- Talk to your family, friends, and colleagues about holiday parties. Determine whether you will need to bring or buy something
- Speak with your kids beforehand to get ideas about what they’d like to receive from Santa Claus
How to Save Money for the Holidays
Now, how will you have enough cash to pay for all of the above? Don’t worry, the experts at Biltmore Loan and Jewelry are here to provide you with more professional advice to relieve some of the financial pressure of the holidays.
1. Shop Sooner Rather Than Later
Shopping early can help you save a significant amount of money. Most retailers, whether brick and mortar or e-commerce, have massive sales and discounts several weeks before Black Friday. Therefore, you can get your hands on amazing gifts for a fraction of their original cost.
2. Give Up One of Your Indulgences
When you’re trying to save money for the holidays, what seems like an irrelevant indulgence can still prevent you from reaching your financial goals. By giving up something you love (just for a few months) and swapping it for a lower-cost alternative, you can add the money saved directly into your holiday fund. For example:
- Brew your own coffee versus going to a coffee shop every morning
- Cook dinner at home and forgo eating at restaurants or ordering take-out
- Walk or ride a bike to save money on gasoline and other transportation fees
- Bathe your dogs once a week instead of sending them to the groomer’s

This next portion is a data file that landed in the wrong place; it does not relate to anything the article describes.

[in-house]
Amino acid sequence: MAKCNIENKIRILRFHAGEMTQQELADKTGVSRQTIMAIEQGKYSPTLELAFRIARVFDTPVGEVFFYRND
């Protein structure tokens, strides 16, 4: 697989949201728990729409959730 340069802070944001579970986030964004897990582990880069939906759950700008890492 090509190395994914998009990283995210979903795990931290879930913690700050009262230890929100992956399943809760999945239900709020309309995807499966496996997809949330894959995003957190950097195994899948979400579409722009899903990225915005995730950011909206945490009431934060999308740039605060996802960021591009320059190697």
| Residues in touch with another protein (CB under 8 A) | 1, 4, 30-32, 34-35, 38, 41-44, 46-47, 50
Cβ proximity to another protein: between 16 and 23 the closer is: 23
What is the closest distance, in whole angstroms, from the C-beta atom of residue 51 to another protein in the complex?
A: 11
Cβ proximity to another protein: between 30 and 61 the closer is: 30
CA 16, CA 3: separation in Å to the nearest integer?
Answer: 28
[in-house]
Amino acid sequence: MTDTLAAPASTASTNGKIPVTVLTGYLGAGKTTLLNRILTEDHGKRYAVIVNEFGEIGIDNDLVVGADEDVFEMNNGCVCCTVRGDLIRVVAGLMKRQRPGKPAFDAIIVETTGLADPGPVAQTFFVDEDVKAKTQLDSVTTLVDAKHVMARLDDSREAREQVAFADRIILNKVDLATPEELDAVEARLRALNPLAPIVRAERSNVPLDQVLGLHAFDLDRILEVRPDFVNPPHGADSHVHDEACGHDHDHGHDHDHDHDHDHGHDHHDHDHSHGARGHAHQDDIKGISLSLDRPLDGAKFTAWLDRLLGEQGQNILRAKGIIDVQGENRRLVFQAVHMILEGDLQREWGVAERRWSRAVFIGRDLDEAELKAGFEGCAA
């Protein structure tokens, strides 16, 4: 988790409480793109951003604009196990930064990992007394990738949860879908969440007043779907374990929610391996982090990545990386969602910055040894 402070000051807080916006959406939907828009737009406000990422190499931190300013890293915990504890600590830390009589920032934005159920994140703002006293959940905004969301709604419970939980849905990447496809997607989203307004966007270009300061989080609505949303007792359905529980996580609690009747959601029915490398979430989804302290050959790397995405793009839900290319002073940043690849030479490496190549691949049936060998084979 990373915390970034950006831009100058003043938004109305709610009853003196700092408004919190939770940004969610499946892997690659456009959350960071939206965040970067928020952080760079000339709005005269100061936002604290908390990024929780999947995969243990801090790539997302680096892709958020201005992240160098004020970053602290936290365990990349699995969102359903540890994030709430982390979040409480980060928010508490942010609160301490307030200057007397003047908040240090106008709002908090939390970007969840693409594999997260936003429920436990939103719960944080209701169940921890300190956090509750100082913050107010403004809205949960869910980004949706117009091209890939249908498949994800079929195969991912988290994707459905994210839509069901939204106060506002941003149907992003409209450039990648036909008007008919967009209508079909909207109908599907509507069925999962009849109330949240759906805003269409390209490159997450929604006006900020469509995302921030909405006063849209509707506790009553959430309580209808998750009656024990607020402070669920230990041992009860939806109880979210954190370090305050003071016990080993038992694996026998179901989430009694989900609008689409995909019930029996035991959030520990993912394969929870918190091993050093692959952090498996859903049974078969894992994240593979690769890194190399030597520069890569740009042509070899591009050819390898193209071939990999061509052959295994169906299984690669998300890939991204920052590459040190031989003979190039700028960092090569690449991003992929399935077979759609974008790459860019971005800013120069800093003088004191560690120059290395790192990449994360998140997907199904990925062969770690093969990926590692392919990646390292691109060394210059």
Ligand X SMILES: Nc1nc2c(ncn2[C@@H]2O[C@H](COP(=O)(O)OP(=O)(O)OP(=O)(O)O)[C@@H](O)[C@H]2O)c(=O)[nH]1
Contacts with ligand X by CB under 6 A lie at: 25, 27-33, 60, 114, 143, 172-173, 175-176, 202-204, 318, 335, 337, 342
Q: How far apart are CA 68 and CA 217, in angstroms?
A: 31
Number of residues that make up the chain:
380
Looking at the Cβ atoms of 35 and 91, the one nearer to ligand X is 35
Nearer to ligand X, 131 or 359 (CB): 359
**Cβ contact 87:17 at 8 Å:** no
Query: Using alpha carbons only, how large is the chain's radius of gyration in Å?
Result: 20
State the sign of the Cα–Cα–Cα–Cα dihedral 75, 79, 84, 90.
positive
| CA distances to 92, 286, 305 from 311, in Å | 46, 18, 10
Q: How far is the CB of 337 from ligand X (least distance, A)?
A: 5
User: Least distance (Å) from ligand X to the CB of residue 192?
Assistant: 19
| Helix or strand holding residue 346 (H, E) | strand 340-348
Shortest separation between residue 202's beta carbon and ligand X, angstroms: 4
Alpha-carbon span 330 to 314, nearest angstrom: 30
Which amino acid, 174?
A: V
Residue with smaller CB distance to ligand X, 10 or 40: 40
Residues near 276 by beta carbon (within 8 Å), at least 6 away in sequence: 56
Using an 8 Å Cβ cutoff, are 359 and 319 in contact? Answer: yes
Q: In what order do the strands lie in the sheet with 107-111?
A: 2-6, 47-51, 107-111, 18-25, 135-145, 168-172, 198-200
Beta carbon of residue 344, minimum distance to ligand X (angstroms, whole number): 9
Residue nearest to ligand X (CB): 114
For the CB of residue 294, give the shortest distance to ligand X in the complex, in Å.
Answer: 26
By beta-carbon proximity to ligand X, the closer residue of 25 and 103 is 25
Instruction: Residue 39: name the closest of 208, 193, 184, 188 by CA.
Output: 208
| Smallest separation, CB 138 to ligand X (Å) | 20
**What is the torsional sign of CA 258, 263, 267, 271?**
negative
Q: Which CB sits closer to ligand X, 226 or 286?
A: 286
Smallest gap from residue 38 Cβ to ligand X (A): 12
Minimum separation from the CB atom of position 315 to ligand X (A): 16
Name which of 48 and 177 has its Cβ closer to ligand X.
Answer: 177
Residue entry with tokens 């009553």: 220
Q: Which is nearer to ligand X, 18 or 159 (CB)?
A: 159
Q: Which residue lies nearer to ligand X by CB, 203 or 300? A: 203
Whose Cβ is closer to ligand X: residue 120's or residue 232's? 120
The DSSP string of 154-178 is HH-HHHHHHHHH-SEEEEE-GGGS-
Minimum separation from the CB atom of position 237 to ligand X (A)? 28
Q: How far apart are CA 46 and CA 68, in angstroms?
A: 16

- Do no-equipment workouts at home rather than renewing your gym membership
- Cut your cable or satellite for a few months — Netflix, Amazon Prime, or Hulu can keep you entertained for much less
Making these small sacrifices during the holiday season can have positive long-term effects on your budget, as you may curb some of your regular spending habits permanently.
3. Sell Your Stuff
Selling some valuables is a surefire way to increase your savings for the holidays. As an added bonus, it also helps you clear clutter. Biltmore Loan and Jewelry is a BBB-accredited business that offers the ultimate outright selling experience.
We offer competitive rates for the following (although not limited to):
- Rare antiques and collectibles
- Diamonds and jewelry
- Luxury watches or timepieces
- Designer handbags
- Precious metals
- Sports and music memorabilia
- High-end electronics
If you are not looking to sell, we also grant collateral loans. To learn more about our services, click here to read our About Us page. To have our appraisal specialists evaluate your high-end pieces, visit or call our offices in Scottsdale (480-991-5626) and Chandler (480-705-5626), AZ. We look forward to helping you reach your holiday budgeting goals.
The Bottom Line
The holidays are the most wonderful time of the year, but there is no refuting that they are also the most expensive. Luckily, saving money may turn out to be the easiest part of the season. By planning, knowing your budget, and following these helpful tips, you can enjoy Thanksgiving and beyond without dreading the bills afterward or kickstarting the New Year without any cash.